Background: The management strategies of patients who underwent Mustard repair for transposition (of the great arteries were changed in the 1970s: infants became eligible for direct surgical repair, so Blalock-Hanlon atrioseptostomy could be avoided, and cold cardioplegia was introduced for myocardial preservation. Data are lacking, however, regarding whether these changes have had positive effects on the long-term outcome. We therefore conducted a follow-up study on all 91 patients who underwent a Mustard repair for transposition of the great arteries in our institution between 1973 and 1980 to assess the incidence and clinical importance of sequelae as well as health-related quality of life for these patients.
Methods: Patients who were alive and could be traced through local registrar's offices received an invitation to participate in the follow-up study, which consisted of an interview, physical examination, echocardiography, exercise testing, and standard 12-lead and 24-hour electrocardiography.
Results: Patients operated on in the first 4 years had a significantly higher mortality rate and higher incidence of sinus node dysfunction than did patients operated on in the subsequent 4 years (25% vs 2% and 41% vs 3%, respectively). In contrast, the incidence of baffle obstruction necessitating reoperation was significantly higher in the second group. There were no significant differences in echocardiographic findings and exercise capacity between patients operated on in the first 4 years and in the subsequent 4 years. None of the patients had right ventricular failure; a mild degree of baffle leakage or obstruction was seen in 22% of the patients, and the mean exercise capacity was decreased to 84% +/- 16% of normal.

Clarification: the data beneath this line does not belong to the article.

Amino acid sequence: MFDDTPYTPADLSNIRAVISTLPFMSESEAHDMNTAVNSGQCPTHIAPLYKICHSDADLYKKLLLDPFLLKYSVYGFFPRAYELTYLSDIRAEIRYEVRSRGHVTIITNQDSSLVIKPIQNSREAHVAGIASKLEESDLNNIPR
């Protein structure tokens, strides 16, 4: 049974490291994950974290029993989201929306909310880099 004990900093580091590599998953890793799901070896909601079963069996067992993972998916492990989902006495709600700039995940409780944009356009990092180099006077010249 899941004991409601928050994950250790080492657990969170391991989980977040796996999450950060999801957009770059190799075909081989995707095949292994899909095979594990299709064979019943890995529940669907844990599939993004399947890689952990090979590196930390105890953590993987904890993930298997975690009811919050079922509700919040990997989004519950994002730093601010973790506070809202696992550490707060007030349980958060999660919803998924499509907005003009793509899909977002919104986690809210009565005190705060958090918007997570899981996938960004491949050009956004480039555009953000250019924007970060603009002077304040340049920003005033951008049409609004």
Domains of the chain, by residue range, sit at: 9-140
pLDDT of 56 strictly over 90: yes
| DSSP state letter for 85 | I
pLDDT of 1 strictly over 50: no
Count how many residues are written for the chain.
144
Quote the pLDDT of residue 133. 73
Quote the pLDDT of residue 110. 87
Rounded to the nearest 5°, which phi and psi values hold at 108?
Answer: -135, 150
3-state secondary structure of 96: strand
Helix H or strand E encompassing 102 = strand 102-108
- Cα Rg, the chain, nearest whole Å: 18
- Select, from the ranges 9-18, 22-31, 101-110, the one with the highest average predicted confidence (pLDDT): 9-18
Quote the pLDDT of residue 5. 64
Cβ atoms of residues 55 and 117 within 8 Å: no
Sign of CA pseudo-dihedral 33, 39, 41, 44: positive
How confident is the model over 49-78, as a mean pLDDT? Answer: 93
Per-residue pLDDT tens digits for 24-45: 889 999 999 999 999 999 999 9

Conclusion: The changes introduced between 1973 and 1980 have resulted in a considerable reduction of mortality and incidence of sinus node dysfunction but have also resulted in a more frequent need for reoperation.